5. Judge Riddle, in his decision approving the application, writes that “I am satisfied that the police are fully aware of the sensitivities and the need for a proportionate approach without press involvement”. Yet as soon as Proctor’s home was raided the matter reached the media very quickly. The Daily Mail – devoid of its current campaigning scepticismran a splash declaring that “Harvey Proctor will be first of many to be investigated, says campaigning Labour MP”, and referring to “a list of politicians passed to police by campaigning Labour MP John Mann” (1).

Mann’s list seems to have been a red herring as regards the reason for the raid (although from what the Mail has published we can’t know what the application said about Proctor and Brittan – only the section on Bramall is provided), but while it is doubtful that he would still want to take credit for it nobody is pressing him on the point. We also now know that the police created a spectacle when they arrived at Lord Bramall’s house, including a number of officers dining at the local village pub.

Footnote

1. That 2015 headline is slightly odd, in that the full version is “VIP abuse police raid home of shamed Tory: Veteran Harvey Proctor will be first of many to be investigated, says campaigning Labour MP”. Why is Proctor described as a “veteran”? Veteran of what? He had been out of public life for nearly three decades at this point. Was this perhaps an early reference to Lord Bramall, which was excised from the published version but one word left in by mistake?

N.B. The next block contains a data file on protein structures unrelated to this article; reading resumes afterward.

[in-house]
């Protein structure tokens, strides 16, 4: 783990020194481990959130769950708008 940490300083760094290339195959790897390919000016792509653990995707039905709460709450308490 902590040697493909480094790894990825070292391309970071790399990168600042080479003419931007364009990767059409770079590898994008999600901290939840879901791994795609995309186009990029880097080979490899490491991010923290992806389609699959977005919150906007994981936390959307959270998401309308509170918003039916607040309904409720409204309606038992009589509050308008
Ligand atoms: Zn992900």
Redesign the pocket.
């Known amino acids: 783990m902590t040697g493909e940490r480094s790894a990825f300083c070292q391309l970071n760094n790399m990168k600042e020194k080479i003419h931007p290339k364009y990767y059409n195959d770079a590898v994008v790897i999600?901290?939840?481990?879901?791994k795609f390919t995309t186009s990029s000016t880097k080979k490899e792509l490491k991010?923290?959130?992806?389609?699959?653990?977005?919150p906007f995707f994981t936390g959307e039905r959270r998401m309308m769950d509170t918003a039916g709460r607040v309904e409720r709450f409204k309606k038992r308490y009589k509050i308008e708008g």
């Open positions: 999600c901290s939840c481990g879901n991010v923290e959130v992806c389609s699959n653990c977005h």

***

APPLICATION FOR SEARCH WARRANT
(Criminal Procedure Rules, rule 6.30; Section 8, Police and Criminal Evidence Act 1984)

Application to: District Judge Howard Riddle at Westminster Magistrates Cout
This is an application by: DS Eric Sword, Westminster Court

1. The offence(s) under investigation The victim in this matter has been interviewed at length by experienced officers from the child abuse investigative team. His account has remained consistent and he is felt to be a credible witness who is telling the truth.

Enquiries made relating to the victim find nothing to suggest any links to those that he accuses, suggesting his allegations are malicious. The victim is not known to police.

Prior to police involvement these allegations were detailed to an independent counsellor by the victim who also supports his account as being credible. At the request of police a qualified consultant Dr Elly Hanson was asked to give an opinion if the counsellor was able to make an accurate judgement of the victim’s credibility. Dr Hanson (sic) views were that the counsellor was able to make an accurate judgement of the victim’s credibility.

2. The investigation The victim contacted police in late 2014 detailing allegations of serious sexual assault. He stated that he had been present when three separate males had been murdered by his group of abusers. He states this abuse was often carried out when he was in the company of other boys of a similar age who were also abused.

He states that from the age of 7 until he was 16 he was subject to regular sexual assaults by persons introduced to him by his stepfather, a major in the British Army.